Michael Atkins

Michael and Nicole Atkins

Michael Atkins joined the US Coast Guard in 1992 out of a desire to serve our country. He says he chose the Coast Guard because of their mission.  Every day the Coast Guard saves 10 lives, assists 192 people in distress, protects $2.8 million in property, interdicts 14 illegal migrants at sea, conducts 109 search and rescue cases, seizes $9.6 million worth of illegal drugs and responds to 20 oil and hazardous chemical spills. They also were more accommodating in giving you the ability to choose your job.

His first choice was air traffic control but the Coast Guard did away with this rate so he went with his second choice of aviation mechanic. His first duty station was Hawaii working on a small patrol boat out of Honolulu. They patrolled the waters from Hawaii to Midway Island to Guam. Their main duties were search and rescue and law enforcement.

With a rank of Seaman, he went to EMT school and Coxswain school. After transferring to San Diego he began working as an aviation mechanic. Mike says “the Coast Guard rule was that if you fly on it, you work on it”, which he did. He also says he always “did what the Coast Guard asked of him which included a lot of jobs nobody else wanted including working 8 years at night.”

After serving 20 years and 2 months he was medically retired. Injuries he suffered while serving include a broken back and total loss of cartilage in both knees from kneeling while operating the hoist. He injured both shoulders when a door came off in flight leaving Mike to hold it with one arm for 6 hours while assisting with CPR. He has other major issues due to jumping out of the helicopters early in his career as well as a number of other injuries. Since 2009 he has had a total of 24 surgeries to repair the damage.

Michael feels that the US Coast Guard is the least understood branch of our military.  The Coast Guard performs 11 official missions including port and waterway security, drug interdiction, aids to navigation, search and rescue, living marine resources, marine safety, defense readiness, migrant interdiction, marine environmental protection, ice operations and law enforcement. Michael was awarded the Coast Guard Commandants Letter of Commendation Ribbon that is awarded for an unusual or outstanding act or service, Humanitarian Service Medal, Global War on Terrorism Service Medal, Second Department of Transportation 9/11 Ribbon, Third National Defense Service Medal, Sixth Good Conduct Award and numerous others throughout his career.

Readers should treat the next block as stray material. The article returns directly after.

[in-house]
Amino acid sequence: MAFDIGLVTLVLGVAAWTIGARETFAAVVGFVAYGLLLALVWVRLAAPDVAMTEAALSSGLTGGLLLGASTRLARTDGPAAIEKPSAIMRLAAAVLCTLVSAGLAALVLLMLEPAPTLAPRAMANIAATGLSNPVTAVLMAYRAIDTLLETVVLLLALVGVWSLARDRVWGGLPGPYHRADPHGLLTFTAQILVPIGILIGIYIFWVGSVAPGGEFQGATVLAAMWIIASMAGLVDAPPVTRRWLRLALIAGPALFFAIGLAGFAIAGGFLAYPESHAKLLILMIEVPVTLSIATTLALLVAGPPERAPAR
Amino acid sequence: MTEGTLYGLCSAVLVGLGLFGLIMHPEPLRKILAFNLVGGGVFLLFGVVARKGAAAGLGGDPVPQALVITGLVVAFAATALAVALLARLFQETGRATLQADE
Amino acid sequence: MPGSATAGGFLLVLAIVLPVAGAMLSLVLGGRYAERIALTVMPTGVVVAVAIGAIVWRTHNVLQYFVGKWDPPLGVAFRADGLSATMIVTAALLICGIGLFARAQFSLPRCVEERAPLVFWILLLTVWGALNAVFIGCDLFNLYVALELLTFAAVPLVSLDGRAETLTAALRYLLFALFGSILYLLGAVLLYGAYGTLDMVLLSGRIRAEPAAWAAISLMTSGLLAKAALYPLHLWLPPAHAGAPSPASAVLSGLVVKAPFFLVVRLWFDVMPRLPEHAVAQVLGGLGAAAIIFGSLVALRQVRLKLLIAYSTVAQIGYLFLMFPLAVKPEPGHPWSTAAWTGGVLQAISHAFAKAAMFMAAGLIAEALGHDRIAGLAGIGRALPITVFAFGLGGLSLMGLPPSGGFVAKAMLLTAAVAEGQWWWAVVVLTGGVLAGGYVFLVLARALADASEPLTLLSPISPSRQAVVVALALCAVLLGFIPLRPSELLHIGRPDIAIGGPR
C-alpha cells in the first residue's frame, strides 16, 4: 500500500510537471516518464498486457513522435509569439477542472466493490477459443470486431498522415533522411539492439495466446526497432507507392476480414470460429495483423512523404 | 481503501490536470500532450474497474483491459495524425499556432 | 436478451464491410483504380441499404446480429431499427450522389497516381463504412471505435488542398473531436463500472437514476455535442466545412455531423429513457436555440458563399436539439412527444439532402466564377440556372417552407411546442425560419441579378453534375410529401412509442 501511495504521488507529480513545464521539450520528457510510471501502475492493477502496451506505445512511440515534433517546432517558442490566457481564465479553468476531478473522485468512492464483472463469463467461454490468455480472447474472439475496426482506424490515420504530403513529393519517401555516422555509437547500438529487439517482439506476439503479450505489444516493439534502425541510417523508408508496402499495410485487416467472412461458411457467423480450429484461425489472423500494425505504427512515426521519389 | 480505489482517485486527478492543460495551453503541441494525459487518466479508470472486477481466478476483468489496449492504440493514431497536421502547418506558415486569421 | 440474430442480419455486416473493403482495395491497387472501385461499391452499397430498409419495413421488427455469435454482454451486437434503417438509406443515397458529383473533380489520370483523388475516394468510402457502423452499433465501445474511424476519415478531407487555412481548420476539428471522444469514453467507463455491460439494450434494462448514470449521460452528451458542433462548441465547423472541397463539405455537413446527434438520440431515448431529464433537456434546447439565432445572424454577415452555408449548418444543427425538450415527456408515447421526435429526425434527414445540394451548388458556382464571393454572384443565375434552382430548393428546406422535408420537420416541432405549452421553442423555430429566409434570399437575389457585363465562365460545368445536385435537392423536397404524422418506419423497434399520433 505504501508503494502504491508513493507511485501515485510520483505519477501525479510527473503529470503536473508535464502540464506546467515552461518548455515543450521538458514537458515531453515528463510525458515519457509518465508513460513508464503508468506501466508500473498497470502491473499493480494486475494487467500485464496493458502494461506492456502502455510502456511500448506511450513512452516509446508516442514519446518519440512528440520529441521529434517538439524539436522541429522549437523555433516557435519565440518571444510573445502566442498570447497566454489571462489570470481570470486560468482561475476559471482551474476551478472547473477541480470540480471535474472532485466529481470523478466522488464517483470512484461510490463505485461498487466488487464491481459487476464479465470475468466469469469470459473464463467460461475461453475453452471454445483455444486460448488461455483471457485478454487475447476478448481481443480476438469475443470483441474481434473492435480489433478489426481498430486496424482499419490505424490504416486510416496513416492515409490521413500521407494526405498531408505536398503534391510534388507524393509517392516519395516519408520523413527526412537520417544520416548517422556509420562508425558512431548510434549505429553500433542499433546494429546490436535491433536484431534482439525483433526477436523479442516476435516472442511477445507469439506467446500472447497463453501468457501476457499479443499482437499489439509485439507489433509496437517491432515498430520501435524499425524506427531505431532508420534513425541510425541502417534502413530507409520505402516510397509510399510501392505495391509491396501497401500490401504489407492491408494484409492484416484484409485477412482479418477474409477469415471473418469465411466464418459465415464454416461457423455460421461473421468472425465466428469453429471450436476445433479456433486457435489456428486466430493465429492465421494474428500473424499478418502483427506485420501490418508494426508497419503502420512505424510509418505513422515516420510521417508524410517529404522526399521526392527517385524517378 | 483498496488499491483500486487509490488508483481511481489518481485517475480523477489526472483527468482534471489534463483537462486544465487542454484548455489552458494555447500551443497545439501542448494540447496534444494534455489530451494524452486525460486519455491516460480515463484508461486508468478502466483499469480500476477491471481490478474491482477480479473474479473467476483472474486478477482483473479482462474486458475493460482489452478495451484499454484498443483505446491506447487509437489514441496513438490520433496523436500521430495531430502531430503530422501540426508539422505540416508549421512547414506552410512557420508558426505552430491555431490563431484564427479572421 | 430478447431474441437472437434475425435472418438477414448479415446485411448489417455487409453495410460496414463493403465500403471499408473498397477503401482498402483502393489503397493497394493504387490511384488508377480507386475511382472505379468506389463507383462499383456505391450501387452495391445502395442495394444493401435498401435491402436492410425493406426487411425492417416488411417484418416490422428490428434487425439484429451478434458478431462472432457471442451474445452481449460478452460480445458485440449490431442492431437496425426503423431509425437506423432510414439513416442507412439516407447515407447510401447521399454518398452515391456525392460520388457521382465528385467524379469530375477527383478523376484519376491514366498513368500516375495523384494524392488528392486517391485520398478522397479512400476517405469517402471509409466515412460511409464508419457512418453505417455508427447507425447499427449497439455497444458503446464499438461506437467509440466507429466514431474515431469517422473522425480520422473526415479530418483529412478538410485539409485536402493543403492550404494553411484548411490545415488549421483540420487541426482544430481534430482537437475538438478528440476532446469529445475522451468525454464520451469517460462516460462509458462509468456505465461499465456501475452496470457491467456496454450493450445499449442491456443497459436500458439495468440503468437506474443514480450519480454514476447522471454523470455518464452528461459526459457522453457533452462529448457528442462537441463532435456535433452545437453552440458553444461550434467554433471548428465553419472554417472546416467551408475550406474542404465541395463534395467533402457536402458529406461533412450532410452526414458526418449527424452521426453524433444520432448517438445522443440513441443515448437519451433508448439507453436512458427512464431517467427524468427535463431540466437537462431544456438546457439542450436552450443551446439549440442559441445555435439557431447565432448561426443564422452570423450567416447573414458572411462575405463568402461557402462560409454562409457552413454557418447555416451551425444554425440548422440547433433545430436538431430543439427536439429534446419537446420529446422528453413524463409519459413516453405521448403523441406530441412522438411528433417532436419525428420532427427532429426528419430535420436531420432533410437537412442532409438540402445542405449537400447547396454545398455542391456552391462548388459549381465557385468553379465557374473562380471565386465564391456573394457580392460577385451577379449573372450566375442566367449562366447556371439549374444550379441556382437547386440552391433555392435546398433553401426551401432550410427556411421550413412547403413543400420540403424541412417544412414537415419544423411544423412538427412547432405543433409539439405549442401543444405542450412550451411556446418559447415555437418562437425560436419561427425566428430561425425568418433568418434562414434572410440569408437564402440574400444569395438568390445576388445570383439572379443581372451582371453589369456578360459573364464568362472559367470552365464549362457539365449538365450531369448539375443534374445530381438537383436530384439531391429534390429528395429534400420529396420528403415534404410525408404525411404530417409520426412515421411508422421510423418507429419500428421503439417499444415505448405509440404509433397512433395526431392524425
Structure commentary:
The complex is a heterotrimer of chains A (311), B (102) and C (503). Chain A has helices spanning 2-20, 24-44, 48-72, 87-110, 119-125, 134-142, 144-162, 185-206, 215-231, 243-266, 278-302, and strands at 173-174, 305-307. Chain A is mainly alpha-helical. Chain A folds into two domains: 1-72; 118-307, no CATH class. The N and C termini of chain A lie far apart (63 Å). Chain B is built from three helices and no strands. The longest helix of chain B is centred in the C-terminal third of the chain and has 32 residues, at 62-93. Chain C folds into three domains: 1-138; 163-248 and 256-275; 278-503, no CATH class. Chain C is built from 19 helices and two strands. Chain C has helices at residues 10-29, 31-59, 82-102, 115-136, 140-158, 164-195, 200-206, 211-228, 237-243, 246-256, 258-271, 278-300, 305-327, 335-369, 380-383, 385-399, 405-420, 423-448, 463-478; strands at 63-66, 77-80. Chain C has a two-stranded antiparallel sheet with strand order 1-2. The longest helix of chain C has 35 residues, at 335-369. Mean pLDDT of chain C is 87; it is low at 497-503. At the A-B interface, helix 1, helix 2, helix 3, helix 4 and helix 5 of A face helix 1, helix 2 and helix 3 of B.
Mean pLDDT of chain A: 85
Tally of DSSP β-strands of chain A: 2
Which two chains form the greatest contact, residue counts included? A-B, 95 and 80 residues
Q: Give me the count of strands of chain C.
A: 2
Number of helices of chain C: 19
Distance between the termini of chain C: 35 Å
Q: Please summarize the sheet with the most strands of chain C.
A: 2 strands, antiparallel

In 2014 Michael took up SCUBA diving with the WAVES Project and feels that he gets great relief from the pain of his injuries and PTS symptoms. He was excited to share these experiences with his wife Nicole. He has the desire to continue to serve his country and now volunteers with the WAVES Project to spread awareness of the service available to veterans and as an advocate. As his body heals he hopes to become more active in helping others find the great benefits SCUBA offers.

For his 50th birthday Michael created a fundraiser, his comment about the WAVES Project is “this organization has brought me back to the water after all my injuries and helped me realize how much better I feel in the water. This all took place when I was at one of my lowest times both mentally and physically but they took me and my family in, it was like our family just got bigger right away” and “they not only continue to be a part of my life but grow in number of lives saved every day, it reminds me of the coast guard mission.”

From everyone at the WAVES Project we say to Michael –

Thank you for your service!

You can donate to the WAVES Project by clicking here.

Article contributed by Barbara Rubin